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Homework Help: [Chemistry] Another electrochemistry question

  1. Apr 1, 2007 #1
    1. The problem statement, all variables and given/known data

    Given the following half-reactions:
    Ce4+ + e− → Ce3+ E° = 1.72 V
    Fe3+ + e− → Fe2+ E° = 0.771 V

    A solution is prepared by mixing 7.0 mL of 0.30 M Fe2+ with 8.0 mL of 0.12 M Ce4+.

    Calculate [Ce4+] in the solution.

    I've got the potential of a platinum electrode dipped into the resulting, equilibrated, solution (relative to SHE) to be 0.767 V, and keq of 1.1×10^16 from this equation: Ce4+ + Fe2+ ⇌ Ce3+ + Fe3+.

    How do you get [Ce4+]? Why isn't that the same as the concentration posted in the question?

  2. jcsd
  3. Apr 1, 2007 #2
    R)____Ce4+___ +_________ Fe2+___⇌___Ce3+___+_Fe3+
    I) .008*.12/.015 ______.007*.3/.015______0_________0
    C)_____-x _______________-x ___________x ________x
    E) .008*.12/.015 -x ____.007*.3/.015 _____x ________x

  4. Apr 1, 2007 #3
    but since the k is such large number, [Ce4+] is going to be large too right?
  5. Apr 3, 2007 #4
    no it will be near 0. X represents Ce3+ concentration and that number minus x represent the Ce4+ Solve x using quadratic. Subtract from that number. Then Ce4+ ends being a pretty small number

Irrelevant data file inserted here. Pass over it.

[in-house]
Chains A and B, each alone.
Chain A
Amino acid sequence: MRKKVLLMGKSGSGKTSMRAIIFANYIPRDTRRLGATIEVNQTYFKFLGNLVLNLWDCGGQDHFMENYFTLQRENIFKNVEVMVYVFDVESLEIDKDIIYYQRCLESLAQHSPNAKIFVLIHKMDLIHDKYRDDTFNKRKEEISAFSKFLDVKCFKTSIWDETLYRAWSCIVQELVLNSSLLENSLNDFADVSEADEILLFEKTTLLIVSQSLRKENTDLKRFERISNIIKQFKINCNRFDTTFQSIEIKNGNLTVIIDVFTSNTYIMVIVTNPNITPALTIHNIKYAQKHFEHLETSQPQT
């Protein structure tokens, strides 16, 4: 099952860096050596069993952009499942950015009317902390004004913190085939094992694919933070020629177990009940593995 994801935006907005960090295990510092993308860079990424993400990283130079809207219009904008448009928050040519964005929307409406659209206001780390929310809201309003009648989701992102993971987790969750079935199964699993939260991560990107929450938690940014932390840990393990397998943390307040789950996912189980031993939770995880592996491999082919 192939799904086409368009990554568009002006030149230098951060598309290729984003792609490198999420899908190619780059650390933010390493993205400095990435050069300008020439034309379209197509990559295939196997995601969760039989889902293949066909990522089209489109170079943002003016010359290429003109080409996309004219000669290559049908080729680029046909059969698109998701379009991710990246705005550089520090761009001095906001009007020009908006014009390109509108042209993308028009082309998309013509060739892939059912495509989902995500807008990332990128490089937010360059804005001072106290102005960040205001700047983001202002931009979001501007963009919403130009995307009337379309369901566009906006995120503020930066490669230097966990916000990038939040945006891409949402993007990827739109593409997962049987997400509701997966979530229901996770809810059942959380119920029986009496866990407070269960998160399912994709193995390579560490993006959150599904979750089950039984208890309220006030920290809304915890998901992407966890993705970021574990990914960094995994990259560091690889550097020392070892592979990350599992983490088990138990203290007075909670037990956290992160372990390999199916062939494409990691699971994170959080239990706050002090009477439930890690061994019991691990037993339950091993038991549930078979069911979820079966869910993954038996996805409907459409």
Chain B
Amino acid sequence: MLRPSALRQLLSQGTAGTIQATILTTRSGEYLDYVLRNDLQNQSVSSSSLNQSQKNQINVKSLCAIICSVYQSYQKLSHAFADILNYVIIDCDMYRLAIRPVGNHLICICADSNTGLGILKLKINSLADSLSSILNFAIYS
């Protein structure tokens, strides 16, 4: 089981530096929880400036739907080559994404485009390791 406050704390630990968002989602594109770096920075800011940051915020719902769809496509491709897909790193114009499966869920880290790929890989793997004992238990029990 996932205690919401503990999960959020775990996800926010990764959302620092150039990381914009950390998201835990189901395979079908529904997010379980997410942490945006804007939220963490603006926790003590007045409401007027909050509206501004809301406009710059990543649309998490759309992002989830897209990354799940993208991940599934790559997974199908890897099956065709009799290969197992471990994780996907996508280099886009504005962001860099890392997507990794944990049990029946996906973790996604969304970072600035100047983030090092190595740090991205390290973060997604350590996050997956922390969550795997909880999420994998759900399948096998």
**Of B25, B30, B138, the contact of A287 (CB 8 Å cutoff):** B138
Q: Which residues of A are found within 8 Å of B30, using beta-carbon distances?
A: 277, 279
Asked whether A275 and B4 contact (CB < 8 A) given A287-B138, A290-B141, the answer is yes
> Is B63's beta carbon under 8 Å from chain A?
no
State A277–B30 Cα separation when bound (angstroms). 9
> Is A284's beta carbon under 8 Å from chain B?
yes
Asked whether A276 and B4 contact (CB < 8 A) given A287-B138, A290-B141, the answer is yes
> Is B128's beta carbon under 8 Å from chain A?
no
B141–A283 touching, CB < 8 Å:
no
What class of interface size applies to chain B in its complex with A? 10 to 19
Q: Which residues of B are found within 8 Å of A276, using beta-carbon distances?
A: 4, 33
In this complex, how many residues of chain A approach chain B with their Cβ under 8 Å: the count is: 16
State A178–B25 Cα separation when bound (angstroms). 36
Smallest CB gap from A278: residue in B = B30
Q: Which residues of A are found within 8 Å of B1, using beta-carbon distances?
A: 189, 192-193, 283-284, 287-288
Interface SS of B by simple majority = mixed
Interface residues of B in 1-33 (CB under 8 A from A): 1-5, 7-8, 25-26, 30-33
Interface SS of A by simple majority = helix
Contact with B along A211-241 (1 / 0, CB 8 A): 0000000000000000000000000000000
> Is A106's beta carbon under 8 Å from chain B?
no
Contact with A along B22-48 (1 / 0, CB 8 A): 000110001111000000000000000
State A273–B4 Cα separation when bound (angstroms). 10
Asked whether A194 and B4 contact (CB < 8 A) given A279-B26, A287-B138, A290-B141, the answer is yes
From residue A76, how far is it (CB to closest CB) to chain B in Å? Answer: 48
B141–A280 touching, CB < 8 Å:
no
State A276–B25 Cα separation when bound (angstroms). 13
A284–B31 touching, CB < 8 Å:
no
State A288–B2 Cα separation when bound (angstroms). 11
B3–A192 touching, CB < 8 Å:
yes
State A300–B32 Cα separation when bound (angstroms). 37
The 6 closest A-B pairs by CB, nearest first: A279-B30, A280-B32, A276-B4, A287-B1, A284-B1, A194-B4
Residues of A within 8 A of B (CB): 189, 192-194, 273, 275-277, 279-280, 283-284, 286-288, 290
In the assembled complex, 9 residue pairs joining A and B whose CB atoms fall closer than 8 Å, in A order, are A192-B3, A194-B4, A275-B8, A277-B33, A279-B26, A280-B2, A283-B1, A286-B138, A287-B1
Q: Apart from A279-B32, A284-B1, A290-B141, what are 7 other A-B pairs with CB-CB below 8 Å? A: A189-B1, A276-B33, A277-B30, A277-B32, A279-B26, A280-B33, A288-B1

6. Apr 4, 2007 #5
    so in this case, k is 1.1×10^16? cause when i try the quadratic on the internet quadratic solver, it says the answer is an imagary number....
  7. Nov 15, 2007 #6
    i got the same problem too.... i just cannot solve the quadratic equation
  8. Nov 15, 2007 #7
    I used this method too, but i did not get the correct answer

    after i found X, it is the [Ce3+], i subtract it from 0.008*0.12/0.015 which is the [Ce4+] at equilibrium
    my answer was very close to 0...around 10^-8
    why am i not getting the right answer
  9. Mar 25, 2008 #8
    Can anyone explain how did this person get potential of a platinum electrode?
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